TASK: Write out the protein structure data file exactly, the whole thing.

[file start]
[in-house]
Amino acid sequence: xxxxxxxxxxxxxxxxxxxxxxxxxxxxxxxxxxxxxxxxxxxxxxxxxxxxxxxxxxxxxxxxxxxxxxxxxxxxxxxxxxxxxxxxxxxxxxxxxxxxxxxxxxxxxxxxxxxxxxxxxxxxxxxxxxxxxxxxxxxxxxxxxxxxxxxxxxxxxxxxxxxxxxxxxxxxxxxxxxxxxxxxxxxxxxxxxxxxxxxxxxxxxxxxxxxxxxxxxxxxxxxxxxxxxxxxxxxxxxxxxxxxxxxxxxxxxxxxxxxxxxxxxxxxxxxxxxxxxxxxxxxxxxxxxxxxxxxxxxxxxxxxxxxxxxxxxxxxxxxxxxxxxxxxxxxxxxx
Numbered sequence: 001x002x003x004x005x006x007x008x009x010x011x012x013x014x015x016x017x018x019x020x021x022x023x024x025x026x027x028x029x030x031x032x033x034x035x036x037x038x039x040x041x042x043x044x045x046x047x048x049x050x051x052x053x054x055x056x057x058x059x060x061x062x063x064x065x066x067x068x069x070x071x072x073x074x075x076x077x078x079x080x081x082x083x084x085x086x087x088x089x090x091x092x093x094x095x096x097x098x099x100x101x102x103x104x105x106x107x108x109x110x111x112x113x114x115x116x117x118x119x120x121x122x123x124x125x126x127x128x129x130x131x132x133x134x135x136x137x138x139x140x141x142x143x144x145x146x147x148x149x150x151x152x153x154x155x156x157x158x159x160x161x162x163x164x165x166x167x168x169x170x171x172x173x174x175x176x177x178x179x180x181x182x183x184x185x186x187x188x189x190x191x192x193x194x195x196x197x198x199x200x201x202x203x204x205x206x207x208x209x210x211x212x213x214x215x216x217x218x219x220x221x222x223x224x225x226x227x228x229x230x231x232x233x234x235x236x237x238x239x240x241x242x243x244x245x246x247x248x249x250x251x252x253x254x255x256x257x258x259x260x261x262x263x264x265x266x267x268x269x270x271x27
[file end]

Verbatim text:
[in-house]
Amino acid sequence: xxxxxxxxxxxxxxxxxxxxxxxxxxxxxxxxxxxxxxxxxxxxxxxxxxxxxxxxxxxxxxxxxxxxxxxxxxxxxxxxxxxxxxxxxxxxxxxxxxxxxxxxxxxxxxxxxxxxxxxxxxxxxxxxxxxxxxxxxxxxxxxxxxxxxxxxxxxxxxxxxxxxxxxxxxxxxxxxxxxxxxxxxxxxxxxxxxxxxxxxxxxxxxxxxxxxxxxxxxxxxxxxxxxxxxxxxxxxxxxxxxxxxxxxxxxxxxxxxxxxxxxxxxxxxxxxxxxxxxxxxxxxxxxxxxxxxxxxxxxxxxxxxxxxxxxxxxxxxxxxxxxxxxxxxxxxxxx
Numbered sequence: 001x002x003x004x005x006x007x008x009x010x011x012x013x014x015x016x017x018x019x020x021x022x023x024x025x026x027x028x029x030x031x032x033x034x035x036x037x038x039x040x041x042x043x044x045x046x047x048x049x050x051x052x053x054x055x056x057x058x059x060x061x062x063x064x065x066x067x068x069x070x071x072x073x074x075x076x077x078x079x080x081x082x083x084x085x086x087x088x089x090x091x092x093x094x095x096x097x098x099x100x101x102x103x104x105x106x107x108x109x110x111x112x113x114x115x116x117x118x119x120x121x122x123x124x125x126x127x128x129x130x131x132x133x134x135x136x137x138x139x140x141x142x143x144x145x146x147x148x149x150x151x152x153x154x155x156x157x158x159x160x161x162x163x164x165x166x167x168x169x170x171x172x173x174x175x176x177x178x179x180x181x182x183x184x185x186x187x188x189x190x191x192x193x194x195x196x197x198x199x200x201x202x203x204x205x206x207x208x209x210x211x212x213x214x215x216x217x218x219x220x221x222x223x224x225x226x227x228x229x230x231x232x233x234x235x236x237x238x239x240x241x242x243x244x245x246x247x248x249x250x251x252x253x254x255x256x257x258x259x260x261x262x263x264x265x266x267x268x269x270x271x27